Title: Safety Net
Characters: House, Chase (friendship)
Summary: After getting the results of Wilson’s CT, House asks Chase for a favor.
"You wanted me to tell Foreman. [...] You're smart enough to know even you'll lose your edge at some point. You want to make sure someone's there when you do." —Chase to House, 8.15: "Blowing the Whistle."
The day after the scan, after extracting Wilson’s solemn oath he won’t try anything so stupid as double-lethal chemo, that he’ll take the advice of any of the five doctors who gave him sane treatment plans, House calls Chase.
“CT results were not good,” he says, dispensing with niceties. “His stunt with the chemo shrank the tumor, but it’s still outside surgical guidelines.”
Chase is quiet for a few seconds. “If he wanted to risk operating anyway…I can stay long enough for that.”
“I’ll talk to him when the shock starts wearing off.” House pauses, draws a breath. He’s never liked asking for favors, and he knows this is a big one. “You were right. When I faked the liver panel.”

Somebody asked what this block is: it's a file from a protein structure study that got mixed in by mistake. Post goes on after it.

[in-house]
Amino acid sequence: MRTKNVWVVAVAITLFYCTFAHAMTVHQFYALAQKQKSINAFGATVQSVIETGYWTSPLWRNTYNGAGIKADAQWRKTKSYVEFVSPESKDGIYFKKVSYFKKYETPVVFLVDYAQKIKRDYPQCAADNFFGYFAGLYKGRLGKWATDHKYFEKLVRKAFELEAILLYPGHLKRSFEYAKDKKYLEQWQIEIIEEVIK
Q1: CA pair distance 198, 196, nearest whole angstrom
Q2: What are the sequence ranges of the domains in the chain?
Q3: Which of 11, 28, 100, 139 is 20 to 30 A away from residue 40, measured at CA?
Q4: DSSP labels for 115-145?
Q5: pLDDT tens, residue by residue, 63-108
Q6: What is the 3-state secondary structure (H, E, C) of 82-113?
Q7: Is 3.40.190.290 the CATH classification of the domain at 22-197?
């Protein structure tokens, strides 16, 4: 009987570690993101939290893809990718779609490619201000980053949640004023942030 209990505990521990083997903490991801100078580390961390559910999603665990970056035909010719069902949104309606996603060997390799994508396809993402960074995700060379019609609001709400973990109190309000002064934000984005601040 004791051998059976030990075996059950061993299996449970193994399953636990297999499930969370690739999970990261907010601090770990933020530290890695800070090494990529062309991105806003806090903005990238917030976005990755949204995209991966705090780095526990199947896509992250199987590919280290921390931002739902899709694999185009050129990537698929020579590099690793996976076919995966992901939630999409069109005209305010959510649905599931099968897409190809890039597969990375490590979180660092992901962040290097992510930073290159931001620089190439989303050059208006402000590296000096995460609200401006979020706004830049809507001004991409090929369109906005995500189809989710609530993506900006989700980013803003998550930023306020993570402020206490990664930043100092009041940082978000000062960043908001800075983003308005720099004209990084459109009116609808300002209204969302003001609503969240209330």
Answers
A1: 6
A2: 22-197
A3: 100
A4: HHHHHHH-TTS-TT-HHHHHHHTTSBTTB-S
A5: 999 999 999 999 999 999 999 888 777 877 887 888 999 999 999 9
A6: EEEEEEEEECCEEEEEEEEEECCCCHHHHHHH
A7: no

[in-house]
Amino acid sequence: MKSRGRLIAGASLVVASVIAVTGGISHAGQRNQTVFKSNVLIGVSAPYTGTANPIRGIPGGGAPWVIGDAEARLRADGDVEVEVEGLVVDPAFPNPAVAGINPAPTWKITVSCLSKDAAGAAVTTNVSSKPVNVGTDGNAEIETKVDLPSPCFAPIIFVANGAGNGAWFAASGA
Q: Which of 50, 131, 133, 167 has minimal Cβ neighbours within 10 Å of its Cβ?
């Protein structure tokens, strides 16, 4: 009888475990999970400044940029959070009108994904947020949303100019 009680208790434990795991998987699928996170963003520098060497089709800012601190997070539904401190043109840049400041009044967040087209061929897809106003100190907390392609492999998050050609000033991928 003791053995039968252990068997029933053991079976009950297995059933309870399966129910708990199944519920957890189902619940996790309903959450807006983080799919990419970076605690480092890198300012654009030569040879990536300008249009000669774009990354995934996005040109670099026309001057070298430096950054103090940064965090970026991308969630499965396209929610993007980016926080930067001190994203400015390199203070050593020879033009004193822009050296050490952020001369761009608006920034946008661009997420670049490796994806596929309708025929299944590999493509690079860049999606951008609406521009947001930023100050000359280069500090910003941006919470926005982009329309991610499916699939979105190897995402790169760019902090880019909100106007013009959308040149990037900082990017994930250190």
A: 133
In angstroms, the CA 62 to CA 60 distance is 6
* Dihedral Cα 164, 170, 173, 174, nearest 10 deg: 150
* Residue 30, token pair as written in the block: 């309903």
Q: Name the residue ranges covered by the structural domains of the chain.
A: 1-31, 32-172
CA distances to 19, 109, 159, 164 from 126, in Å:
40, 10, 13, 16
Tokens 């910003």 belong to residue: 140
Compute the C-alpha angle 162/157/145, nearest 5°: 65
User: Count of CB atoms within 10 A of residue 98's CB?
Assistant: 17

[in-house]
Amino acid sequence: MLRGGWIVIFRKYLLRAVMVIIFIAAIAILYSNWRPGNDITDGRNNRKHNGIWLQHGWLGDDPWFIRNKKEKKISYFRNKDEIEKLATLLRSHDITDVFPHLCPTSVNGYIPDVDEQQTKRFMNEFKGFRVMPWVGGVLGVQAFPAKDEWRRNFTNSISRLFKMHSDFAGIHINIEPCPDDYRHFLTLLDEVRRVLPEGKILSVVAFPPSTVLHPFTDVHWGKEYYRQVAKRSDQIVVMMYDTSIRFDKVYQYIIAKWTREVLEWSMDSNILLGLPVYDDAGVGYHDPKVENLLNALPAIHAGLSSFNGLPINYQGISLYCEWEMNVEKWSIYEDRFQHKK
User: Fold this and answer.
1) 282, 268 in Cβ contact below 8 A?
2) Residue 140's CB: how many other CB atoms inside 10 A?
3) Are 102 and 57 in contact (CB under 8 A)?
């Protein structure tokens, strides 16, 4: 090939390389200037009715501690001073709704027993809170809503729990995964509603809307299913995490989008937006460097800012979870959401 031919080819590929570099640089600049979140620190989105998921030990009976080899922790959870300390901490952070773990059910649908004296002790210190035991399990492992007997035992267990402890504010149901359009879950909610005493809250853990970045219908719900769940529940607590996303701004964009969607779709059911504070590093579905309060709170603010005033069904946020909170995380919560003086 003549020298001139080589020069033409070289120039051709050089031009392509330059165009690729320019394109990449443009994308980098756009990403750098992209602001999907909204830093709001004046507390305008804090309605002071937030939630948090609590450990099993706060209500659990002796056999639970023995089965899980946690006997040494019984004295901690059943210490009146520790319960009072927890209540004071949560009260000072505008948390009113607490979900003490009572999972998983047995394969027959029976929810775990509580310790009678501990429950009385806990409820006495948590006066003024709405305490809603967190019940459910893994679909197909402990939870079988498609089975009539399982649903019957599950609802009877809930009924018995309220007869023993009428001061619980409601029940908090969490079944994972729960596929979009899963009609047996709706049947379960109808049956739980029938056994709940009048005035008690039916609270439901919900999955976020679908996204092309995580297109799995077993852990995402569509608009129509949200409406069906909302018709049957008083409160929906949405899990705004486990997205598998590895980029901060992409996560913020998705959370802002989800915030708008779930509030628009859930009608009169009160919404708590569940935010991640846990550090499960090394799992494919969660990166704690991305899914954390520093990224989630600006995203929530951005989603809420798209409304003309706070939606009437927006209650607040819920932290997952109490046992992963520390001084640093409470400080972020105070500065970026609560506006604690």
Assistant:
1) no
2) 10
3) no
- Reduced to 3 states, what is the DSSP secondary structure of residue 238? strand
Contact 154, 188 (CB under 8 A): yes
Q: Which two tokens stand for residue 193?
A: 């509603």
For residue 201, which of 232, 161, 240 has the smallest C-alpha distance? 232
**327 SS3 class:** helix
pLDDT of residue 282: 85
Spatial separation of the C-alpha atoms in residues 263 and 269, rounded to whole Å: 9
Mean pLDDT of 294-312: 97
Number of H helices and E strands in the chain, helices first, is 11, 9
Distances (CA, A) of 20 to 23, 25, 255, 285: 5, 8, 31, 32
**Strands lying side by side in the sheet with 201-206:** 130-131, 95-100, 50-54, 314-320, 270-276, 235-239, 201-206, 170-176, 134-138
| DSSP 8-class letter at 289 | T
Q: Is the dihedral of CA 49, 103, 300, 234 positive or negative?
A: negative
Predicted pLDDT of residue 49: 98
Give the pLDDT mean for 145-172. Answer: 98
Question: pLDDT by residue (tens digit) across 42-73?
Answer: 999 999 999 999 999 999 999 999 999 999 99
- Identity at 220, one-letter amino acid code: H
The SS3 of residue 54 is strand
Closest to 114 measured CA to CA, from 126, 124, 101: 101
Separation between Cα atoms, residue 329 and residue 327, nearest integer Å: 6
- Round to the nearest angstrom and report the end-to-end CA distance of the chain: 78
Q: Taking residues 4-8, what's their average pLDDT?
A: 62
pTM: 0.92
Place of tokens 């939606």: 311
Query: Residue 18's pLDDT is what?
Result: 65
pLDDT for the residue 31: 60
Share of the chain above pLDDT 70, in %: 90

“Because I need you available to step in for me until Wilson’s either in remission or dead,” House says flatly.
“I get that you want out. The nest is cramped, having everybody judge you against me sucks—but no one else is going to catch it if I miss a step. So I am asking.”
“And if I say no,” Chase says after a beat, “either you’ll go on leave and the patients whose cases you’d’ve taken will die, or you’ll keep working and split your focus between cases and Wilson—”
“—and the patients whose cases I take could die if I screw up. Yeah.” When Chase doesn’t say anything, House says, “You don’t have any offers lined up in under forty-eight hours. Foreman would give you that promotion tomorrow.”
“Whether I take the promotion’s not the point.” He’s considering, weighing nine years of history against his own ambitions. Finally, quietly, “All right. For as long as you need me—all right.”
He doesn’t make any promises about what’ll happen after, and House thanks him and ends the call without asking for them. Maybe, after a few weeks or months, Chase will settle into working parallel with House, the way he had when he’d been in surgery, and decide that there’s enough room at PPTH for them both. Or he won’t, and as soon as Wilson’s fate is certain, he’ll walk away.
Either way, it won’t be House’s decision, won’t have anything to do with House’s having learned to rely on Chase’s perennial role in the operation of his personal machinery. Whatever Chase is going to do, he’ll do whether House approves or not.
And that’s as it should be.